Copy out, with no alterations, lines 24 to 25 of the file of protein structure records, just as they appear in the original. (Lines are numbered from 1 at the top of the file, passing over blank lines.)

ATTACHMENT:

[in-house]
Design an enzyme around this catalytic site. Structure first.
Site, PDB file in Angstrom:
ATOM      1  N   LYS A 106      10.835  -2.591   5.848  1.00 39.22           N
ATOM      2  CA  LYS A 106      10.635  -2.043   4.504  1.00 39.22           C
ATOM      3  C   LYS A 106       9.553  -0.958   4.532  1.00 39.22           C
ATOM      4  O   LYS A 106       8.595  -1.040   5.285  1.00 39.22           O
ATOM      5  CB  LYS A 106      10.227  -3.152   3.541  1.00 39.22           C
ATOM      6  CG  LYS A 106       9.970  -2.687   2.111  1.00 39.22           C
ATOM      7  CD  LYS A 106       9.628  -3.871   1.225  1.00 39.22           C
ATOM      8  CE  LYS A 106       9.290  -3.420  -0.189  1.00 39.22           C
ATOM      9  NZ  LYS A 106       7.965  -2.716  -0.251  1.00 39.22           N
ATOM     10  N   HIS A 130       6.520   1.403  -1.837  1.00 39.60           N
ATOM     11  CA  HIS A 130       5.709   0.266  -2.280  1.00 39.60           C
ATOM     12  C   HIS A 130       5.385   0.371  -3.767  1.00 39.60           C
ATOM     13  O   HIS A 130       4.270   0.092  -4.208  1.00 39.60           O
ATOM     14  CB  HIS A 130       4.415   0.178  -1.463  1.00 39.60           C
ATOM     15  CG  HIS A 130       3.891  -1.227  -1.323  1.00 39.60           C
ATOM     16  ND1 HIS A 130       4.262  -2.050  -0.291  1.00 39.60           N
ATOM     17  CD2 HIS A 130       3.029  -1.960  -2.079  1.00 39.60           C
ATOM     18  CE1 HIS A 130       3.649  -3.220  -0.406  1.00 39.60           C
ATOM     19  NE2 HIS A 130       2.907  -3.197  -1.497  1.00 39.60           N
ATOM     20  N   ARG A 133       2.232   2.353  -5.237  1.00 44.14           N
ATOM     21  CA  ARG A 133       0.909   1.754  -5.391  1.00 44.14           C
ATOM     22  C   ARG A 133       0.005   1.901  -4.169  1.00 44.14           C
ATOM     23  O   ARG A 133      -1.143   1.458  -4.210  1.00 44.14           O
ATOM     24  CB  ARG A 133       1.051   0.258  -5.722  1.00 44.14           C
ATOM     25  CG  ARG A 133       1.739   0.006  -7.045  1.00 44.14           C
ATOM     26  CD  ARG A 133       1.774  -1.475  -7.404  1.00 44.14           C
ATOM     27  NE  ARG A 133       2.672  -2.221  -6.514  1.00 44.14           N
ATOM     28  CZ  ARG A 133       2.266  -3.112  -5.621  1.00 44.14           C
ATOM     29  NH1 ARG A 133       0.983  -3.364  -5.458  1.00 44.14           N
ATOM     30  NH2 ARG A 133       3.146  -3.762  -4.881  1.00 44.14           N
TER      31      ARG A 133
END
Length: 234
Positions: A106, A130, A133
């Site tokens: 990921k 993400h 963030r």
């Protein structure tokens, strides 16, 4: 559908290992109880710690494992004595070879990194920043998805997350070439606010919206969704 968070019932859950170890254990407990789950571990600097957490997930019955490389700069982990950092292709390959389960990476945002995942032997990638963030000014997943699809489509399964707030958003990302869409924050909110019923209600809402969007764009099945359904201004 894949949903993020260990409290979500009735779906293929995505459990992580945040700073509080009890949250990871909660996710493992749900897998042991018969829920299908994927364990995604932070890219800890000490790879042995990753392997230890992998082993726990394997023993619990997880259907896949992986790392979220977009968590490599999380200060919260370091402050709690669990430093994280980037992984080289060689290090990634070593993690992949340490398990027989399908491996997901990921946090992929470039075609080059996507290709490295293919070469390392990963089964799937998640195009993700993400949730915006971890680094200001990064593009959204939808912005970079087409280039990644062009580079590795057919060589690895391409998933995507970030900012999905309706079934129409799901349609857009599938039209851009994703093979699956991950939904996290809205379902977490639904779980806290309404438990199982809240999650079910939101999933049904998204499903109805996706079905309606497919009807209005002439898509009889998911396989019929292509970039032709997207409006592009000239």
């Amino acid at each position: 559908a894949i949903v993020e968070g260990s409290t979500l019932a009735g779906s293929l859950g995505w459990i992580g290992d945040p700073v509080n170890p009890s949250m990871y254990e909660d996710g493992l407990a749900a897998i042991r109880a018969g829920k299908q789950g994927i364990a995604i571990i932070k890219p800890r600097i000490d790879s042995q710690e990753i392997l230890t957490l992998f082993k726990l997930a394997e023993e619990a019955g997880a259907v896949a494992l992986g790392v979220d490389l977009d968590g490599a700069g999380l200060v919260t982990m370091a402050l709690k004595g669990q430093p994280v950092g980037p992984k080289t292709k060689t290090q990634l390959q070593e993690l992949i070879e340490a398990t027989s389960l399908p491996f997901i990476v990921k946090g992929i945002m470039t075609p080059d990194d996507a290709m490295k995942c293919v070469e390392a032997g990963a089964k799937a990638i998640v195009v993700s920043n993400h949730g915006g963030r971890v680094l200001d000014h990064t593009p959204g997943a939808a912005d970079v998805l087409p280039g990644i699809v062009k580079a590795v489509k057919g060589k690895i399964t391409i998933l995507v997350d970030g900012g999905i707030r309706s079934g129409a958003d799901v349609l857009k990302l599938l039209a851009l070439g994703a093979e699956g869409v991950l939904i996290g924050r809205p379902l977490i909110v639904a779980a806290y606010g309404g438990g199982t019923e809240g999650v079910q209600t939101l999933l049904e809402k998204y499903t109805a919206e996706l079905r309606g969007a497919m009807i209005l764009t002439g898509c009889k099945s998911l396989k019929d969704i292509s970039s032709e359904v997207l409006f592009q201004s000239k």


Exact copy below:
ATOM     21  CA  ARG A 133       0.909   1.754  -5.391  1.00 44.14           C
ATOM     22  C   ARG A 133       0.005   1.901  -4.169  1.00 44.14           C